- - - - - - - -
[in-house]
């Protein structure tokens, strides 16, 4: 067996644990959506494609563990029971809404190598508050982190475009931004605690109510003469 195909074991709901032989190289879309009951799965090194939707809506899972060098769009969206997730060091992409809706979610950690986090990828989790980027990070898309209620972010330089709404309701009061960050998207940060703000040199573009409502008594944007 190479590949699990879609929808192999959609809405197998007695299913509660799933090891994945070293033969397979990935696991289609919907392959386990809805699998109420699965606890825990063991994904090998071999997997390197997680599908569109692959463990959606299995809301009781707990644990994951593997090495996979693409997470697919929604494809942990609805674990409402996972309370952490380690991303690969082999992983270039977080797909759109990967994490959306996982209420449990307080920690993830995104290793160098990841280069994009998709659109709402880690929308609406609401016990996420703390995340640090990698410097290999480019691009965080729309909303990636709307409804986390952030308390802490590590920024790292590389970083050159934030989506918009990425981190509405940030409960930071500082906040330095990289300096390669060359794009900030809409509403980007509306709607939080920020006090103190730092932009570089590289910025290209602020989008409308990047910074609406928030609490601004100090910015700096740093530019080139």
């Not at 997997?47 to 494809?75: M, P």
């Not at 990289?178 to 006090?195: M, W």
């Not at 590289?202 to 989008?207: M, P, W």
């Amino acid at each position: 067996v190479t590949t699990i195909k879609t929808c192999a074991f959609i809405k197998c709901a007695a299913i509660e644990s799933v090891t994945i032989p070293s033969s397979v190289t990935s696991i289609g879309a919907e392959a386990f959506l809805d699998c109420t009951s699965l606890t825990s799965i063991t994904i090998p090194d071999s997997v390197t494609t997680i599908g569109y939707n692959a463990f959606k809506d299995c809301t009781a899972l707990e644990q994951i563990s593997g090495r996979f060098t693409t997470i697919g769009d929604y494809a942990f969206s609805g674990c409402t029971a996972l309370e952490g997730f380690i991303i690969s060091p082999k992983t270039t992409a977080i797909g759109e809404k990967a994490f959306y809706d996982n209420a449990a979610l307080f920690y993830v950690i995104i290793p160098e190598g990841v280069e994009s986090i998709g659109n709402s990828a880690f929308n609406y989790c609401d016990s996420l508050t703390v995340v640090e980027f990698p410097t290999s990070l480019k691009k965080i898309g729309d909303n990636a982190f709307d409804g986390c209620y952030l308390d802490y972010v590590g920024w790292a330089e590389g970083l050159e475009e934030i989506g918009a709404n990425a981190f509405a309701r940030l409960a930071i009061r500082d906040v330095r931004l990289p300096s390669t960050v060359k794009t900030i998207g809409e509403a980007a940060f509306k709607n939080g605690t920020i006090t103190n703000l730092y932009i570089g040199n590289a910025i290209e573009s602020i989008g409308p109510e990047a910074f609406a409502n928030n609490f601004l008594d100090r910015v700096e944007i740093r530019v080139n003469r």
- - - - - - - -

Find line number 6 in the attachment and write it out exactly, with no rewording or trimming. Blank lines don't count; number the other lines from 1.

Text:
């Amino acid at each position: 067996v190479t590949t699990i195909k879609t929808c192999a074991f959609i809405k197998c709901a007695a299913i509660e644990s799933v090891t994945i032989p070293s033969s397979v190289t990935s696991i289609g879309a919907e392959a386990f959506l809805d699998c109420t009951s699965l606890t825990s799965i063991t994904i090998p090194d071999s997997v390197t494609t997680i599908g569109y939707n692959a463990f959606k809506d299995c809301t009781a899972l707990e644990q994951i563990s593997g090495r996979f060098t693409t997470i697919g769009d929604y494809a942990f969206s609805g674990c409402t029971a996972l309370e952490g997730f380690i991303i690969s060091p082999k992983t270039t992409a977080i797909g759109e809404k990967a994490f959306y809706d996982n209420a449990a979610l307080f920690y993830v950690i995104i290793p160098e190598g990841v280069e994009s986090i998709g659109n709402s990828a880690f929308n609406y989790c609401d016990s996420l508050t703390v995340v640090e980027f990698p410097t290999s990070l480019k691009k965080i898309g729309d909303n990636a982190f709307d409804g986390c209620y952030l308390d802490y972010v590590g920024w790292a330089e590389g970083l050159e475009e934030i989506g918009a709404n990425a981190f509405a309701r940030l409960a930071i009061r500082d906040v330095r931004l990289p300096s390669t960050v060359k794009t900030i998207g809409e509403a980007a940060f509306k709607n939080g605690t920020i006090t103190n703000l730092y932009i570089g040199n590289a910025i290209e573009s602020i989008g409308p109510e990047a910074f609406a409502n928030n609490f601004l008594d100090r910015v700096e944007i740093r530019v080139n003469r």